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A very diminutive black ant, the smallest of the species, is so determined and so dreadful an enemy to the large red ant, that the Brazilians have engaged it in their service as an ally. It makes its nest in trees ; so the inhabitants encourage colonies to settle upon the orange and other fruit trees, which they defend most effectually against the red enemy. Mr. Koster has seen the entrance to the nest of the reds surrounded by the dead of both parties, and always observed that the slain of the red outnumbered those of the black; though in the action the black are always far most numerous. It must be to their numbers that they owe their superiority, not to any more effectual means of offence, for if the bite of the insect were venomous it would become itself a nuisance in the fruit trees. The small red and the small black species are carvivorous, and the former has the most offensive smell of the whole tribe, though they all emit a most unpleasant odour. This indeed is so strong in some of the English species that we have known the currants upon a garden wall rendered not eatable by their frequently walking over them. Kolbe relates that the Hottentots used for their pottery the mould of ant-hills well cleansed of sand and gravel, and afterwards kneaded with the bruised eggs of the insect, by which the pupa is meant: this animal matter, he says, produced in the baking a cement which diffused itself through the whole mass, bound it firmly, and gave a permanent colour of jet-black. It appears from that strange composition, Suwarrow's Catechism, that the Russian soldiers take ants medicinally; and in Sweden they are distilled with rye, to flavour some inferior kinds of brandy. Either Mr. Kirby, or Mr. Spence, tells us from experience that instead of having any unpleasant flavour, the ant is very agreeably acid, --and that the taste of the trunk and abdomen is different. Hitherto, we believe, the formic acid is chiefly known among sciientific men in Europe, but in some countries it serves for condiment and for medicilie. The Brazilians, perhaps, may not be easily persuaded to use them as either; but they may lessen the number of these formidable enemies by encouraging, instead of destroying, the inoffensive and useful tamandua,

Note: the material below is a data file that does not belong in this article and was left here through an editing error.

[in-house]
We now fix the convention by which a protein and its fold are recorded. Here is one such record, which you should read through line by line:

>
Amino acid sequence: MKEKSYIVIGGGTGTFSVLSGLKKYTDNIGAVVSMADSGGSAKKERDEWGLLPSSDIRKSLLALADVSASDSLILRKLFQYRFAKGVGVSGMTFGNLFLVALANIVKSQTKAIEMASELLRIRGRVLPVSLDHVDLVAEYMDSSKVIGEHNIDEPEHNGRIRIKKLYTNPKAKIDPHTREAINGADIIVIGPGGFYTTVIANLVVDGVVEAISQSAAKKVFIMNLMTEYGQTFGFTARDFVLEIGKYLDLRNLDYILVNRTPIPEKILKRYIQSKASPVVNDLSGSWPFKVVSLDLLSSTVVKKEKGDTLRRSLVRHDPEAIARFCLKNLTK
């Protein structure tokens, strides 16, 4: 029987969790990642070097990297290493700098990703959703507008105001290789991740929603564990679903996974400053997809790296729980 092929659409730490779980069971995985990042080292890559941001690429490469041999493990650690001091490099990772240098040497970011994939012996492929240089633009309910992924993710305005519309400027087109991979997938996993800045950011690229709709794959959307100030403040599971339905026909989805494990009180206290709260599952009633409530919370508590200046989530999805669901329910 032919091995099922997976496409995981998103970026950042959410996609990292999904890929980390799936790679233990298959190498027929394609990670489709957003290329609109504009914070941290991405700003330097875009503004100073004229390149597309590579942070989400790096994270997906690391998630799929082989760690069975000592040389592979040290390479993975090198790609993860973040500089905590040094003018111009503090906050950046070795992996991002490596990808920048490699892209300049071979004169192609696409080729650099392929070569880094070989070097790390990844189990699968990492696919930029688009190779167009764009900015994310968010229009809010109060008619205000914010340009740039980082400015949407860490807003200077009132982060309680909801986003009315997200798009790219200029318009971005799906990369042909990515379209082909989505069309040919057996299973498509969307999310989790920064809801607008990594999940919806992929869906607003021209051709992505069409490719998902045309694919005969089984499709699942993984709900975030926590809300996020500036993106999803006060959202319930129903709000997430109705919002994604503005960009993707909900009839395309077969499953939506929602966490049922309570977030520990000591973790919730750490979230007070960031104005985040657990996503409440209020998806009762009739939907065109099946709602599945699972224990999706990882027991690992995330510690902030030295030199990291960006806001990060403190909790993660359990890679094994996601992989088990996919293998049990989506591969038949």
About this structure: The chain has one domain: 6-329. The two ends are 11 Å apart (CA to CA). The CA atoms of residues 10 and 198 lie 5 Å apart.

-and by rearing those kinds of poultry who greedily devour the ant in its perfect or in its pupa state.

The termites also infest Itamaraca. Certain kinds of timber are more liable to their attacks than others. Mr. Koster's house was not built of the best kind; he was advised to besmear with treacle the places where they attempted to throw up their covered ways,

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and this prescription answered its purpose. The amphisbæna is often found in ant-hills: in Brazil it is called cobra de duas cabeças, the two-headed snake. Mr. Koster describes it as eighteen inches in length, and about the thickness of the little finger of a child four or five years old. Both extremities, he says, are in appearance exactly similar to each other, and when the reptile is touched it raises both, and forms a circle or hoop to strike that which has molested it. They appear,' he says, ' to be perfectly blind, for they never alter their course to avoid any object until they come in contact with it, and then without turning about they crawl away in an opposite direction. The colour is grey inclining to white, and they are said to be venomous.' An opinion prevails that whoever has been bit by the boa constrictor has nothing to fear froin that of any other snake: were the boa venomous, or did its bite produce any visible effect beyond that of a mere wound, it night be supposed that, like the vaccine infection, it secured the systein against a stronger poison;--as this is not the case, the notion is probably a mere prejudice. The cow-pox was introduced in Itamaraca during Mr. Koster's residence there, but with a more fatal result than has any where else attended it. None of those who were vaccinated were in danger, but the infection spread, ten or twelve persons died of it, and the evil was only stopt by the inoculation of great vumbers of the inhabitants:—it is no slight proof of their good sense that they submitted to this means of preservation.